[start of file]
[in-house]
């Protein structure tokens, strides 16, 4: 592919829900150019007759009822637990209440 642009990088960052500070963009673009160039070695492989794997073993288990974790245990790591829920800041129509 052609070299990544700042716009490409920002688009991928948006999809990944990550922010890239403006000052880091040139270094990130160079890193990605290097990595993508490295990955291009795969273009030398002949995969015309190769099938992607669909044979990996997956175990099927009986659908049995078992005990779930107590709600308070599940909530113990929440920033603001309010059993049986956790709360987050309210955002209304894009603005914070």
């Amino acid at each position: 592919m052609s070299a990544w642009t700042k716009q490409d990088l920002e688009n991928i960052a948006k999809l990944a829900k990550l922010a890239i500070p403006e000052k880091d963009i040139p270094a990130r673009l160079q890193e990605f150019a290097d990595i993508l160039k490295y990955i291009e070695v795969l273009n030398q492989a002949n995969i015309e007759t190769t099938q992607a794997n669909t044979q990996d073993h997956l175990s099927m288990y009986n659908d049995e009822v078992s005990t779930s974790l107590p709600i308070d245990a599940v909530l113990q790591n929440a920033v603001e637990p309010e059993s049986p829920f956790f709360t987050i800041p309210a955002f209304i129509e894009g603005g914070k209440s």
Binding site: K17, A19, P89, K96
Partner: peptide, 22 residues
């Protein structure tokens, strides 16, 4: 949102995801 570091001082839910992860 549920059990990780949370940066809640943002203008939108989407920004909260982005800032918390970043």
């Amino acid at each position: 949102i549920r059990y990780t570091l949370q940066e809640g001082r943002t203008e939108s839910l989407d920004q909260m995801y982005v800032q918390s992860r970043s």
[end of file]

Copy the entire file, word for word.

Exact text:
[in-house]
């Protein structure tokens, strides 16, 4: 592919829900150019007759009822637990209440 642009990088960052500070963009673009160039070695492989794997073993288990974790245990790591829920800041129509 052609070299990544700042716009490409920002688009991928948006999809990944990550922010890239403006000052880091040139270094990130160079890193990605290097990595993508490295990955291009795969273009030398002949995969015309190769099938992607669909044979990996997956175990099927009986659908049995078992005990779930107590709600308070599940909530113990929440920033603001309010059993049986956790709360987050309210955002209304894009603005914070």
């Amino acid at each position: 592919m052609s070299a990544w642009t700042k716009q490409d990088l920002e688009n991928i960052a948006k999809l990944a829900k990550l922010a890239i500070p403006e000052k880091d963009i040139p270094a990130r673009l160079q890193e990605f150019a290097d990595i993508l160039k490295y990955i291009e070695v795969l273009n030398q492989a002949n995969i015309e007759t190769t099938q992607a794997n669909t044979q990996d073993h997956l175990s099927m288990y009986n659908d049995e009822v078992s005990t779930s974790l107590p709600i308070d245990a599940v909530l113990q790591n929440a920033v603001e637990p309010e059993s049986p829920f956790f709360t987050i800041p309210a955002f209304i129509e894009g603005g914070k209440s």
Binding site: K17, A19, P89, K96
Partner: peptide, 22 residues
């Protein structure tokens, strides 16, 4: 949102995801 570091001082839910992860 549920059990990780949370940066809640943002203008939108989407920004909260982005800032918390970043």
């Amino acid at each position: 949102i549920r059990y990780t570091l949370q940066e809640g001082r943002t203008e939108s839910l989407d920004q909260m995801y982005v800032q918390s992860r970043s």